I wandered the maze of make-up boutiques until a red-haired woman at the Clinique counter with eerily perfect skin asked if she could help me.
I motioned at my handout. “I’m actually looking for the Calvin Klein counter but…” I offered, “you could show me what you’ve got since I’m here.”
“Well sure,” she said as she opened a tube of foundation, “We can dab a little on your hand if you like.” I looked down as she spread the flesh-toned liquid on the meat of my thumb. It blended in fine, but bits of lotion stuck in the lines of my skin. It reminded me of women I’d seen (usually in the late-night food and beverage industry) who walked around with tiny, tawdry channels of makeup dried into their eyelids.
I showed her the bits and told her that’s why I’d been avoiding foundation up til now. “Well,” she said sweetly, “That’s why you need to exfoliate.” I thanked her and headed for the Calvin Klein counter.
Posted by UR on March 1, 2008
Being on a train is like riding a bicycle: it’s slow, social, historic, and rebellious
What is it about trains? And what was it about a train journey into western Canada that yanked on my heart hard enough to make my eyes water? That wasn’t the idea. When we first batted the idea around, Momentum editor Amy Walker and I played with a “gonzo car-free road trip” that would see me, a buddy, and a couple of bikes onto a few trains and into a few communities for laffs and blog stories.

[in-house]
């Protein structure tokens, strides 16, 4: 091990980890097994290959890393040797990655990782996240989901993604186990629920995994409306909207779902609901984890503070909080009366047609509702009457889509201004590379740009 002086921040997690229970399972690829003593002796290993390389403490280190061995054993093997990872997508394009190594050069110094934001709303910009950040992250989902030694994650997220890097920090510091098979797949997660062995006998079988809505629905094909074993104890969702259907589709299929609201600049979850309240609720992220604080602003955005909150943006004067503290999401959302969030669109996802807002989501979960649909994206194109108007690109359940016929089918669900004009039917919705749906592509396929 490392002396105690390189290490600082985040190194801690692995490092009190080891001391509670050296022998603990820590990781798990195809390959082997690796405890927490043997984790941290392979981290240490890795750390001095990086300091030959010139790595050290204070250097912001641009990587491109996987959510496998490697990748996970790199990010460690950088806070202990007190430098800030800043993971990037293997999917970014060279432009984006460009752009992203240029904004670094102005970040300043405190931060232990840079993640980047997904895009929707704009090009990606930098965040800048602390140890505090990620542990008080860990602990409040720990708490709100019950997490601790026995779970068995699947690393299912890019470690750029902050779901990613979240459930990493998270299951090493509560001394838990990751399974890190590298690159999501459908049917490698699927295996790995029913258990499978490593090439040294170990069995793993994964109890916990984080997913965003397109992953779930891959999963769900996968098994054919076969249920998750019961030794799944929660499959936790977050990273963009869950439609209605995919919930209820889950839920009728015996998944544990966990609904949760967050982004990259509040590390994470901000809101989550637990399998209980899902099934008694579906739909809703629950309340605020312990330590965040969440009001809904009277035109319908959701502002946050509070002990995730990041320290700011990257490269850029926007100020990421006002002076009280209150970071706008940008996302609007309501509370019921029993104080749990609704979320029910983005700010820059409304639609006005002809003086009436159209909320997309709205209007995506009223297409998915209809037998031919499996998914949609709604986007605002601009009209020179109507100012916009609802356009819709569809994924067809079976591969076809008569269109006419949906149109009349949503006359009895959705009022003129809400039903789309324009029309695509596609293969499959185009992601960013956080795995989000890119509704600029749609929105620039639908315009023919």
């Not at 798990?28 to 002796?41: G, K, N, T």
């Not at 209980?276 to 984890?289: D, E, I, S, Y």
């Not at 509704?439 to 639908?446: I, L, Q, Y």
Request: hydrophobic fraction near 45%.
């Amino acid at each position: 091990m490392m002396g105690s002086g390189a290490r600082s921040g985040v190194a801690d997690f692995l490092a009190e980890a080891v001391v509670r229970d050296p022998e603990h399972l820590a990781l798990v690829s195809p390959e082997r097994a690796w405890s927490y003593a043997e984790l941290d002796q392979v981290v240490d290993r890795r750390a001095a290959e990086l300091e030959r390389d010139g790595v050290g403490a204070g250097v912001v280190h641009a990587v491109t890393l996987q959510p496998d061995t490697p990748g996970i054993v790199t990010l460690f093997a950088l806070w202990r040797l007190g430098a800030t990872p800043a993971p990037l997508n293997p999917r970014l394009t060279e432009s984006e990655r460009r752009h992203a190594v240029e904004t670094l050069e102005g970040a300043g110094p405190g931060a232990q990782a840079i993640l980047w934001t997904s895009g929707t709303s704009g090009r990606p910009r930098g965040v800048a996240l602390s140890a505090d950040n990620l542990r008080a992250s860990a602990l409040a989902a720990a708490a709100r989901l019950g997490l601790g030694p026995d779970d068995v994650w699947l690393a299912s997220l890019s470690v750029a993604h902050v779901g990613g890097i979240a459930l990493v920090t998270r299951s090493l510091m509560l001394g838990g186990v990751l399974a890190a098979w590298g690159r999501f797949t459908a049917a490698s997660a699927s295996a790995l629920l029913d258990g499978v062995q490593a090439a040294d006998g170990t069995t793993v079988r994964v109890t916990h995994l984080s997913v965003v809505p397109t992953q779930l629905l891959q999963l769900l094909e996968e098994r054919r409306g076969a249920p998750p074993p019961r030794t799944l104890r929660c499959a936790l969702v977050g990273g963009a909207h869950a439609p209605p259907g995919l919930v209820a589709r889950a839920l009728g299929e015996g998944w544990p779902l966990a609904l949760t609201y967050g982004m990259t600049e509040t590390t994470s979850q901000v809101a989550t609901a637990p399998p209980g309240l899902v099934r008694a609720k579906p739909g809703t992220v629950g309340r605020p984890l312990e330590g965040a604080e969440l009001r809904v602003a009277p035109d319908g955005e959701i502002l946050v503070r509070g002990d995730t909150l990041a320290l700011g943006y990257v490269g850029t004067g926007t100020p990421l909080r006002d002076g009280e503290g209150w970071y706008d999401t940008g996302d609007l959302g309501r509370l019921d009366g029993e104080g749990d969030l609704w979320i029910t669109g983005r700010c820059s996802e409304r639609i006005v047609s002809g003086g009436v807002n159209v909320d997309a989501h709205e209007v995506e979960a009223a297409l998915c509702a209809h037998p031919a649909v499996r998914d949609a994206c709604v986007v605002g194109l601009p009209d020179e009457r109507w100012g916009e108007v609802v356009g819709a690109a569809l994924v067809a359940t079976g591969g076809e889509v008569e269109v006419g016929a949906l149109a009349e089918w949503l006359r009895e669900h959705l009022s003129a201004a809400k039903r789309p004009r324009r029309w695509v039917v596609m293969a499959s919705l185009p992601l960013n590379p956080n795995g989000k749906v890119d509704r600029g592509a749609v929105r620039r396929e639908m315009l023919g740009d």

To select a route I pored over road atlases and train brochures and happily found that, not only can you circle the region by train (as opposed to just going across), but that two rail providers ~ Rocky Mountaineer Vacations and VIA Rail Canada ~ are wowing the tourists doing just that.
Now, I’ve travelled by bike and train in Thailand, New Zealand and the U.S.; but it wasn’t until California-based Dahon put a couple of tour-ready folding bikes into my hands that I even considered doing it at home.
Posted in culture, cycling, stories, travel + tourism | Tagged: adventure, Adventures of Mitey Miss, column, culture, cycling, environment, hostels, Momentum Magazine, people, society, sustainability, train, travel + tourism, Western Canada | Leave a Comment »
Posted by UR on January 1, 2008
UPDATE: May 12, 2013: I am now selling my travel-ready 2006 Dahon Speed TR described below. Contact me if you are interested.
Folding bikes lead to greener pastures
“Hey!” bellowed a voice across the Jasper train platform, “Is that one of those collapsible bikes?” Michelle and I had just gotten off VIA Rail’s westbound line and while she and her Dahon MU XL lounged at Freewheel Cycle, I was left to unfold my Dahon Speed TR surrounded by panniers, helmets and curious tourists in the shadow of the station.
“Yes, it is,” I said patiently over my shoulder. We were halfway through our four-week rail-and-bike exploration of western Canada, and our pair of tour-ready folding bikes never ceased to draw stares and questions.
“What’s something like that cost?” the American asked, stepping closer.
“Folding bikes range in price from $200 to $2000,” I replied. “Do you want to see me fold it?”
“Oh yeah!” he gushed.
“Great!” I straightened up, “That’ll be ten bucks!”
Posted in cycling, stories, travel + tourism | Tagged: Adventures of Mitey Miss, bus, column, culture, cycling, dahon, folding bike, Momentum Magazine, reviews, sustainability, train, travel + tourism, Western Canada | Leave a Comment »